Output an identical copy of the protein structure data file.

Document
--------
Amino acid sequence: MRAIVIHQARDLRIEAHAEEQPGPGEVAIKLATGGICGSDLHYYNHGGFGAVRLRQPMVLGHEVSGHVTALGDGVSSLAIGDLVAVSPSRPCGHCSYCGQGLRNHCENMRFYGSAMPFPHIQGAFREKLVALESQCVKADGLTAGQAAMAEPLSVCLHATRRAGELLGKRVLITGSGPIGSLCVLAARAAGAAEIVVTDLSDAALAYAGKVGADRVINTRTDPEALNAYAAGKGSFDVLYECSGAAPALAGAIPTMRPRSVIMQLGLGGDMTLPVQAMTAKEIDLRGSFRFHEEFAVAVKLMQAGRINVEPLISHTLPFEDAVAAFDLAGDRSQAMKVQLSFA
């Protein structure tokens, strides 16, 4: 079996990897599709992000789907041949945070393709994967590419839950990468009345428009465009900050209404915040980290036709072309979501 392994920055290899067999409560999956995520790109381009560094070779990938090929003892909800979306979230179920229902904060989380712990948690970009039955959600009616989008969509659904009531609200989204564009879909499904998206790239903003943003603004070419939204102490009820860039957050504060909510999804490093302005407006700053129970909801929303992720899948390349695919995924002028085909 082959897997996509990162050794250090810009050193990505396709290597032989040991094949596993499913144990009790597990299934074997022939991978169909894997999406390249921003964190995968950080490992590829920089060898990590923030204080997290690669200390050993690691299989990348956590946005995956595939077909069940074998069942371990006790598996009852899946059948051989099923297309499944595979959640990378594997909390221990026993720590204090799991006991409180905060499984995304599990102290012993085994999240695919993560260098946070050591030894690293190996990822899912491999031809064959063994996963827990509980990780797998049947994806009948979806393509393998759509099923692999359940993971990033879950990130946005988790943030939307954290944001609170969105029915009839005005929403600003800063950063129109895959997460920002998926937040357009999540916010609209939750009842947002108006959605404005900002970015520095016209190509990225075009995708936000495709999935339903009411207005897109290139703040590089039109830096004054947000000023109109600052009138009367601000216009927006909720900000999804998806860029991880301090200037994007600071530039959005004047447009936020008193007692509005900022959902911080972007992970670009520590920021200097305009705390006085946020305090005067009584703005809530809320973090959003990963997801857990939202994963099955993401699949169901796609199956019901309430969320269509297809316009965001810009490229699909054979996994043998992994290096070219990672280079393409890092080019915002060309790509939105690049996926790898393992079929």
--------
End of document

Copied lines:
Amino acid sequence: MRAIVIHQARDLRIEAHAEEQPGPGEVAIKLATGGICGSDLHYYNHGGFGAVRLRQPMVLGHEVSGHVTALGDGVSSLAIGDLVAVSPSRPCGHCSYCGQGLRNHCENMRFYGSAMPFPHIQGAFREKLVALESQCVKADGLTAGQAAMAEPLSVCLHATRRAGELLGKRVLITGSGPIGSLCVLAARAAGAAEIVVTDLSDAALAYAGKVGADRVINTRTDPEALNAYAAGKGSFDVLYECSGAAPALAGAIPTMRPRSVIMQLGLGGDMTLPVQAMTAKEIDLRGSFRFHEEFAVAVKLMQAGRINVEPLISHTLPFEDAVAAFDLAGDRSQAMKVQLSFA
């Protein structure tokens, strides 16, 4: 079996990897599709992000789907041949945070393709994967590419839950990468009345428009465009900050209404915040980290036709072309979501 392994920055290899067999409560999956995520790109381009560094070779990938090929003892909800979306979230179920229902904060989380712990948690970009039955959600009616989008969509659904009531609200989204564009879909499904998206790239903003943003603004070419939204102490009820860039957050504060909510999804490093302005407006700053129970909801929303992720899948390349695919995924002028085909 082959897997996509990162050794250090810009050193990505396709290597032989040991094949596993499913144990009790597990299934074997022939991978169909894997999406390249921003964190995968950080490992590829920089060898990590923030204080997290690669200390050993690691299989990348956590946005995956595939077909069940074998069942371990006790598996009852899946059948051989099923297309499944595979959640990378594997909390221990026993720590204090799991006991409180905060499984995304599990102290012993085994999240695919993560260098946070050591030894690293190996990822899912491999031809064959063994996963827990509980990780797998049947994806009948979806393509393998759509099923692999359940993971990033879950990130946005988790943030939307954290944001609170969105029915009839005005929403600003800063950063129109895959997460920002998926937040357009999540916010609209939750009842947002108006959605404005900002970015520095016209190509990225075009995708936000495709999935339903009411207005897109290139703040590089039109830096004054947000000023109109600052009138009367601000216009927006909720900000999804998806860029991880301090200037994007600071530039959005004047447009936020008193007692509005900022959902911080972007992970670009520590920021200097305009705390006085946020305090005067009584703005809530809320973090959003990963997801857990939202994963099955993401699949169901796609199956019901309430969320269509297809316009965001810009490229699909054979996994043998992994290096070219990672280079393409890092080019915002060309790509939105690049996926790898393992079929």